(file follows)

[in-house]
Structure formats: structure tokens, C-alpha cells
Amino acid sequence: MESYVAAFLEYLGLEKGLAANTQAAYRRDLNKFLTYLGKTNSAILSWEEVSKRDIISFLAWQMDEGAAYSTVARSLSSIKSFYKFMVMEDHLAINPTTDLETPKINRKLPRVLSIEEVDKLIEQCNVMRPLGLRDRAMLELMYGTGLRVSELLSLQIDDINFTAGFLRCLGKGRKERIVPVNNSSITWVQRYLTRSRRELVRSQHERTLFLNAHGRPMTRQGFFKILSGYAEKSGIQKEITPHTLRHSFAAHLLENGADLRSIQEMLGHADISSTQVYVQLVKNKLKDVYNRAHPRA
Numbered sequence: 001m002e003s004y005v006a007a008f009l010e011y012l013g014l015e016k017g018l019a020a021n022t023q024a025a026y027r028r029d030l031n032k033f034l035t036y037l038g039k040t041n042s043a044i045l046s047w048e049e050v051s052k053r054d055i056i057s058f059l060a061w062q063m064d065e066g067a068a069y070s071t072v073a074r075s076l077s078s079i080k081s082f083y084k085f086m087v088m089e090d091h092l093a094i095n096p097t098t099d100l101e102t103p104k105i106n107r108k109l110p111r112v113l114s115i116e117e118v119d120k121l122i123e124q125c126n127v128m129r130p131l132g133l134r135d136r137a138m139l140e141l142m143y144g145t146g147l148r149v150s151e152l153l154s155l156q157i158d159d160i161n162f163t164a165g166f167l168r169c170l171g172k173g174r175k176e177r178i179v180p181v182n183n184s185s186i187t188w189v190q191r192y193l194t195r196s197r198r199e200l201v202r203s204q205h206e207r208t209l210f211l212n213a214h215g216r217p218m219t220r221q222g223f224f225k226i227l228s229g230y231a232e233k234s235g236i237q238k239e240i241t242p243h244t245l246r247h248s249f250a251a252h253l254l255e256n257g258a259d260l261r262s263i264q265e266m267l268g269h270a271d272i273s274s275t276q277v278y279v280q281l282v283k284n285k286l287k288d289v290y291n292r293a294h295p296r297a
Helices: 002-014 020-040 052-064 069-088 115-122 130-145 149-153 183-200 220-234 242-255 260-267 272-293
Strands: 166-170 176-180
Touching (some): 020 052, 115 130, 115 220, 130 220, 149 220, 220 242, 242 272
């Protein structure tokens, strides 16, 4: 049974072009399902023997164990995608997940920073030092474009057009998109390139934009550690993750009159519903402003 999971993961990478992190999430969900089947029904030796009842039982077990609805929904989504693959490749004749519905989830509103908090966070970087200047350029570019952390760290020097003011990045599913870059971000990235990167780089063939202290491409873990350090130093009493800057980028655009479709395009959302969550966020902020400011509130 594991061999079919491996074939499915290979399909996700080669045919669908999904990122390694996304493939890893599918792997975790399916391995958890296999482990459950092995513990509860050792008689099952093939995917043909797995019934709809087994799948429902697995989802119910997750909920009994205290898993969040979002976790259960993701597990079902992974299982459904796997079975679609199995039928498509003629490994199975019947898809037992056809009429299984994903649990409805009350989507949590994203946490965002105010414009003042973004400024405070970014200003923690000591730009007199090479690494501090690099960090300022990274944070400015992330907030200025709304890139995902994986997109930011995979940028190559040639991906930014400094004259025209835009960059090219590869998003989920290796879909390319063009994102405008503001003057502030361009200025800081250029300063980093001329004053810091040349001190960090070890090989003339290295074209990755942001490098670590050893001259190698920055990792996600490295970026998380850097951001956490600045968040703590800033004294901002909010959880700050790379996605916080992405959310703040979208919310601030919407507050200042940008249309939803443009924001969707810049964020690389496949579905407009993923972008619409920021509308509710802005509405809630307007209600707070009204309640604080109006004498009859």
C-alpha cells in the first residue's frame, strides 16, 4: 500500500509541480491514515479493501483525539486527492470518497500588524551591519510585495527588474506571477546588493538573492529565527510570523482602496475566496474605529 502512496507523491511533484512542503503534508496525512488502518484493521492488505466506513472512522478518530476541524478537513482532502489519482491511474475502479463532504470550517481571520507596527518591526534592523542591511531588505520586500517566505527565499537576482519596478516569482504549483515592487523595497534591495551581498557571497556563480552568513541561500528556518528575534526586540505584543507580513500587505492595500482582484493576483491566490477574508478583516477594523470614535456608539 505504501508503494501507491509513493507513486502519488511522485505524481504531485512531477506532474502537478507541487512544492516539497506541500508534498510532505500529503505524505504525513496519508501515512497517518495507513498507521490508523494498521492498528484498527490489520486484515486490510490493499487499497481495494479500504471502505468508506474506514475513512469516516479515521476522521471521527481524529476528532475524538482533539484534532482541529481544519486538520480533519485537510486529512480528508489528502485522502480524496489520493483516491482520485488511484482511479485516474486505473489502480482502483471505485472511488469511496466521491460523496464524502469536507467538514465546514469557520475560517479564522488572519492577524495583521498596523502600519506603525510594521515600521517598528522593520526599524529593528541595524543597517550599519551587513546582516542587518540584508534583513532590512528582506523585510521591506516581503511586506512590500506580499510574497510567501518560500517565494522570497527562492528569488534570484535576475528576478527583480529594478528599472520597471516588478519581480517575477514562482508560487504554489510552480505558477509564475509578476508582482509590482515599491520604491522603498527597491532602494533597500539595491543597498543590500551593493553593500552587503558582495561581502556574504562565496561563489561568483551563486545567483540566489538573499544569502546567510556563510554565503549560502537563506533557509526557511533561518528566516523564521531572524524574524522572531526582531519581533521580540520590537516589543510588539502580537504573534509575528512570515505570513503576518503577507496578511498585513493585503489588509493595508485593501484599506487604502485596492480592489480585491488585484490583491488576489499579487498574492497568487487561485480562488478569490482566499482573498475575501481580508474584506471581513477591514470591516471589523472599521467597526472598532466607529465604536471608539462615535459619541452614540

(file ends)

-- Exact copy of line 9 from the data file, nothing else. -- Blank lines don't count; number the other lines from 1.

C-alpha cells in the first residue's frame, strides 16, 4: 500500500509541480491514515479493501483525539486527492470518497500588524551591519510585495527588474506571477546588493538573492529565527510570523482602496475566496474605529 502512496507523491511533484512542503503534508496525512488502518484493521492488505466506513472512522478518530476541524478537513482532502489519482491511474475502479463532504470550517481571520507596527518591526534592523542591511531588505520586500517566505527565499537576482519596478516569482504549483515592487523595497534591495551581498557571497556563480552568513541561500528556518528575534526586540505584543507580513500587505492595500482582484493576483491566490477574508478583516477594523470614535456608539 505504501508503494501507491509513493507513486502519488511522485505524481504531485512531477506532474502537478507541487512544492516539497506541500508534498510532505500529503505524505504525513496519508501515512497517518495507513498507521490508523494498521492498528484498527490489520486484515486490510490493499487499497481495494479500504471502505468508506474506514475513512469516516479515521476522521471521527481524529476528532475524538482533539484534532482541529481544519486538520480533519485537510486529512480528508489528502485522502480524496489520493483516491482520485488511484482511479485516474486505473489502480482502483471505485472511488469511496466521491460523496464524502469536507467538514465546514469557520475560517479564522488572519492577524495583521498596523502600519506603525510594521515600521517598528522593520526599524529593528541595524543597517550599519551587513546582516542587518540584508534583513532590512528582506523585510521591506516581503511586506512590500506580499510574497510567501518560500517565494522570497527562492528569488534570484535576475528576478527583480529594478528599472520597471516588478519581480517575477514562482508560487504554489510552480505558477509564475509578476508582482509590482515599491520604491522603498527597491532602494533597500539595491543597498543590500551593493553593500552587503558582495561581502556574504562565496561563489561568483551563486545567483540566489538573499544569502546567510556563510554565503549560502537563506533557509526557511533561518528566516523564521531572524524574524522572531526582531519581533521580540520590537516589543510588539502580537504573534509575528512570515505570513503576518503577507496578511498585513493585503489588509493595508485593501484599506487604502485596492480592489480585491488585484490583491488576489499579487498574492497568487487561485480562488478569490482566499482573498475575501481580508474584506471581513477591514470591516471589523472599521467597526472598532466607529465604536471608539462615535459619541452614540